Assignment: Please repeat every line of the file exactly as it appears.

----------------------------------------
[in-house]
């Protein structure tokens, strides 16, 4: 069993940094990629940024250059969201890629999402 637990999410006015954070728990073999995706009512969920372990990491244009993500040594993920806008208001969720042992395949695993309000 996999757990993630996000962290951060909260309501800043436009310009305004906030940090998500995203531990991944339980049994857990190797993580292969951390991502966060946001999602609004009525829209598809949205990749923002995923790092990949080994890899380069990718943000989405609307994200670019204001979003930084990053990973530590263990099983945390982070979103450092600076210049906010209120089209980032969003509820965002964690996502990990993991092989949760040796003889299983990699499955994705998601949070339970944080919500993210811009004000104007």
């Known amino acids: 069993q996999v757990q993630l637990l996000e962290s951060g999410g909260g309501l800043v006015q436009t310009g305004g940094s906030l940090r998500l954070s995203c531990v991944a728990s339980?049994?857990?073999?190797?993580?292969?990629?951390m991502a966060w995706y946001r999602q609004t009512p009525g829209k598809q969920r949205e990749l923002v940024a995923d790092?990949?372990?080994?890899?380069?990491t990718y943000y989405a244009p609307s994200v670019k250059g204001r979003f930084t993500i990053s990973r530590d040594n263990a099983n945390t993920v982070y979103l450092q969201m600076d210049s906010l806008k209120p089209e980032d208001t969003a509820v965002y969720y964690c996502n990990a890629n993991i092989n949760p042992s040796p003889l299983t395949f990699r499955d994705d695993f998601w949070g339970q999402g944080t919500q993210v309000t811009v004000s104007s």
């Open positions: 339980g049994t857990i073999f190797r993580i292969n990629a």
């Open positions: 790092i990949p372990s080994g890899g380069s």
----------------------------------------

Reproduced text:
[in-house]
């Protein structure tokens, strides 16, 4: 069993940094990629940024250059969201890629999402 637990999410006015954070728990073999995706009512969920372990990491244009993500040594993920806008208001969720042992395949695993309000 996999757990993630996000962290951060909260309501800043436009310009305004906030940090998500995203531990991944339980049994857990190797993580292969951390991502966060946001999602609004009525829209598809949205990749923002995923790092990949080994890899380069990718943000989405609307994200670019204001979003930084990053990973530590263990099983945390982070979103450092600076210049906010209120089209980032969003509820965002964690996502990990993991092989949760040796003889299983990699499955994705998601949070339970944080919500993210811009004000104007």
């Known amino acids: 069993q996999v757990q993630l637990l996000e962290s951060g999410g909260g309501l800043v006015q436009t310009g305004g940094s906030l940090r998500l954070s995203c531990v991944a728990s339980?049994?857990?073999?190797?993580?292969?990629?951390m991502a966060w995706y946001r999602q609004t009512p009525g829209k598809q969920r949205e990749l923002v940024a995923d790092?990949?372990?080994?890899?380069?990491t990718y943000y989405a244009p609307s994200v670019k250059g204001r979003f930084t993500i990053s990973r530590d040594n263990a099983n945390t993920v982070y979103l450092q969201m600076d210049s906010l806008k209120p089209e980032d208001t969003a509820v965002y969720y964690c996502n990990a890629n993991i092989n949760p042992s040796p003889l299983t395949f990699r499955d994705d695993f998601w949070g339970q999402g944080t919500q993210v309000t811009v004000s104007s």
């Open positions: 339980g049994t857990i073999f190797r993580i292969n990629a």
């Open positions: 790092i990949p372990s080994g890899g380069s």